The flaw, we suggest, was a disruption of the overall system of care and the resultant effect was that modern, comprehensive programs of treatment and rehabilitation, which depended on more structured settings, lost efficiency and effectiveness and were decidedly underutilized. Providing equivalent care in the community turned out to be less efficient and more costly. The notion that patients would function better when away from the debilitating effects of “institutionalization” was true for some, but not for all.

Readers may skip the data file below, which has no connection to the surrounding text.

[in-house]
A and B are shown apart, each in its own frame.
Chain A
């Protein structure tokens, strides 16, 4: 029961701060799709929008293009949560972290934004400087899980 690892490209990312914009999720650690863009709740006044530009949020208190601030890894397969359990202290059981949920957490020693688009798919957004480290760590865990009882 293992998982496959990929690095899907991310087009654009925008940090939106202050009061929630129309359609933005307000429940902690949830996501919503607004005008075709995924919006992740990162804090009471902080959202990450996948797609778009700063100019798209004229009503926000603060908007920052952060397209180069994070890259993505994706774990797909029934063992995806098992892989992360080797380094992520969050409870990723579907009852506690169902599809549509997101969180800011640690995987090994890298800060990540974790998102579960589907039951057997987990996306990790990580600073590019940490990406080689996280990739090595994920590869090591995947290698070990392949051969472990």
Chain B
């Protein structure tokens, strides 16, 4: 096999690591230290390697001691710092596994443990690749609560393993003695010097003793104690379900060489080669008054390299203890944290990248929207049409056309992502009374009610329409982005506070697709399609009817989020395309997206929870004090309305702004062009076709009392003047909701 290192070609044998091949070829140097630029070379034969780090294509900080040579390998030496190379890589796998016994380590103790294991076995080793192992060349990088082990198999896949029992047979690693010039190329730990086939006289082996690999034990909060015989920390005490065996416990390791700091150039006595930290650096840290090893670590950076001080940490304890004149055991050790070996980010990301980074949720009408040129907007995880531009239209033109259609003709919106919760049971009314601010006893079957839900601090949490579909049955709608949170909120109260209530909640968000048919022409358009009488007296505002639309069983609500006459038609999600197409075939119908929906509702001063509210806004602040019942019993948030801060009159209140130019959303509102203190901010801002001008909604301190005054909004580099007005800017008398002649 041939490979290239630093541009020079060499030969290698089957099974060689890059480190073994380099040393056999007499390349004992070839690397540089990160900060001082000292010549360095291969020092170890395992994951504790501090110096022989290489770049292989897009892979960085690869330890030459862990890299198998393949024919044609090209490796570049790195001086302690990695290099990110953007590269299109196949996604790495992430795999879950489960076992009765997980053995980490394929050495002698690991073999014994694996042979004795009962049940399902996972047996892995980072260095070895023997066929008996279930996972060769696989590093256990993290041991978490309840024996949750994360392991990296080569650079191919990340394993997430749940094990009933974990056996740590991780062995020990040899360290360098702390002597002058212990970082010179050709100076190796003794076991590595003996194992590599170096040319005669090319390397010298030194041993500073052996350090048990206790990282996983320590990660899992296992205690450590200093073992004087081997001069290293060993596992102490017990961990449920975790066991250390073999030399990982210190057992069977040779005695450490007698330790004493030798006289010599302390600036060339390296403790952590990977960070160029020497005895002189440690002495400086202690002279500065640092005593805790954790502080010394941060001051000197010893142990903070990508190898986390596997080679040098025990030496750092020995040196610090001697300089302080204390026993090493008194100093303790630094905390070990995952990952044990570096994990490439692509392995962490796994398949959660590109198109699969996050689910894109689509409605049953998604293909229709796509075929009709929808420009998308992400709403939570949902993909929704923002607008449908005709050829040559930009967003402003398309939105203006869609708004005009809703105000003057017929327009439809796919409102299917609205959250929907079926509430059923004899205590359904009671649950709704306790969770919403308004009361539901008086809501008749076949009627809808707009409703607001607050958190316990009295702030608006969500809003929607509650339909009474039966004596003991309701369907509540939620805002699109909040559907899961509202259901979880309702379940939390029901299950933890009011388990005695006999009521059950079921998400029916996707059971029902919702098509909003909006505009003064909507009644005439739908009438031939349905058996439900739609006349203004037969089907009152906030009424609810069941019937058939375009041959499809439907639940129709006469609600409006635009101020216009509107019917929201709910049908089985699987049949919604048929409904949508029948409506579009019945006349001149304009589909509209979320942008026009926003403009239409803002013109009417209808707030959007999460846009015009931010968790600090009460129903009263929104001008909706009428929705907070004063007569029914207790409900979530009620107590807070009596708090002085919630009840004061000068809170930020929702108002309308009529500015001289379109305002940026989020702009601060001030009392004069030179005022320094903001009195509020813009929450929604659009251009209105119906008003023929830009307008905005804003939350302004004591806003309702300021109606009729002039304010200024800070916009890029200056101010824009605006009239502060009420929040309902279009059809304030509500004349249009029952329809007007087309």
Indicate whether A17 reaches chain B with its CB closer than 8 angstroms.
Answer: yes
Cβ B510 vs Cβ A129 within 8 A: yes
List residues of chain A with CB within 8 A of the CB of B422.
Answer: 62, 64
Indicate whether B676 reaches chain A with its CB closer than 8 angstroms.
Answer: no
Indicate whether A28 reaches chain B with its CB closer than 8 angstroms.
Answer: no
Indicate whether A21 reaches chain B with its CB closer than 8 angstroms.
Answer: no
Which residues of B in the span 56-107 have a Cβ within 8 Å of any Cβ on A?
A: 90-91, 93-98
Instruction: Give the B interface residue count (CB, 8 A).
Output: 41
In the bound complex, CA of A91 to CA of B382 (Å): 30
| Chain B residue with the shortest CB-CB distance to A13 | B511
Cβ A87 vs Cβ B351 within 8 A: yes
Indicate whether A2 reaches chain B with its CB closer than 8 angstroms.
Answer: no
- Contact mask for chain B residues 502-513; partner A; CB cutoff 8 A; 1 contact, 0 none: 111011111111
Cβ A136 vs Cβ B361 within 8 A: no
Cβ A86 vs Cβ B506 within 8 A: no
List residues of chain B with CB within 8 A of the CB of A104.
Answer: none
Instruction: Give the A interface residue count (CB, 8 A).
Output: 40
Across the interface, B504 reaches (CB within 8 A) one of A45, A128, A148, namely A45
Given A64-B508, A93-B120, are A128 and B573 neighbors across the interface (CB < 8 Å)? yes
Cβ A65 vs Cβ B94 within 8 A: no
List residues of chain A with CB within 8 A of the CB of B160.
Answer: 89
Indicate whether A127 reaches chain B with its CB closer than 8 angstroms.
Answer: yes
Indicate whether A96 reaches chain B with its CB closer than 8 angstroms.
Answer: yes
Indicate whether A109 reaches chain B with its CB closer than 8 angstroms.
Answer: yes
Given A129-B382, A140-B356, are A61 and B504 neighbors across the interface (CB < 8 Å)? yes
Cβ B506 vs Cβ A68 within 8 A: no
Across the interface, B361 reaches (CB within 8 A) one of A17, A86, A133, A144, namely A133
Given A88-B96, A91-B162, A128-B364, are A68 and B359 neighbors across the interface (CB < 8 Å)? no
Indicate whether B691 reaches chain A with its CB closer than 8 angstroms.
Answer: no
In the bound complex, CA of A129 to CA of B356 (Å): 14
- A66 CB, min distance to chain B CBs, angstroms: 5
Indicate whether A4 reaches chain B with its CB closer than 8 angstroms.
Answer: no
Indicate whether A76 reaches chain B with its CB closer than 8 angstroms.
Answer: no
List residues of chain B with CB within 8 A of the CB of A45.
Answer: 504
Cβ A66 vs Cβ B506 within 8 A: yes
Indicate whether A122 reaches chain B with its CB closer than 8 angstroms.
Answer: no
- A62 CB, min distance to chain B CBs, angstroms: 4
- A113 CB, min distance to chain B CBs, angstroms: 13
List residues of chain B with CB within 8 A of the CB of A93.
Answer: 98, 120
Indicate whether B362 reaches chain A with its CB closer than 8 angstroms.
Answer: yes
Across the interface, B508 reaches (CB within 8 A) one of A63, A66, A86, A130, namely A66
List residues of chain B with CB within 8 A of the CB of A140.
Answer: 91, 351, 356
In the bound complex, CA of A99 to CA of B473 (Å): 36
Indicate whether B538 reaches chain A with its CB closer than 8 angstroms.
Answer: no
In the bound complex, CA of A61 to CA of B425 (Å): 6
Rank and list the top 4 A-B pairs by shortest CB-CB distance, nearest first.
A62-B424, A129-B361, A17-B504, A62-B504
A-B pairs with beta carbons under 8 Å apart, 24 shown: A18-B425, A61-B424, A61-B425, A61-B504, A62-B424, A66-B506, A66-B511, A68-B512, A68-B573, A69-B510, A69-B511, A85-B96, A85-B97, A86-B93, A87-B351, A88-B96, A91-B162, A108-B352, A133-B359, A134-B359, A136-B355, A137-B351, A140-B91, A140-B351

The result was that it never became possible to provide equivalent services, and the cost of the new system was increasing instead of decreasing as promised by its advocates. Soon, rising costs became a political consideration. The bureaucrats assumed that the problem was that mental health professionals were not good fiscal managers—no-one thought to consider that there might be a problem with the basic approach. The cost-cutters moved in. They seemed to work on the principle that if we could get by with half as many beds, why not a quarter? Even less? In fact the number of psychiatric beds per 100,000 population in Canada was reduced from about 430 in 1959 to about 70 today, a six-fold decrease. Meanwhile, the increase in community-based services has been significant, but clearly is unable to compensate for that huge loss of service. And there were certain functions provided by the old mental hospitals which simply could not be duplicated in the community at any cost.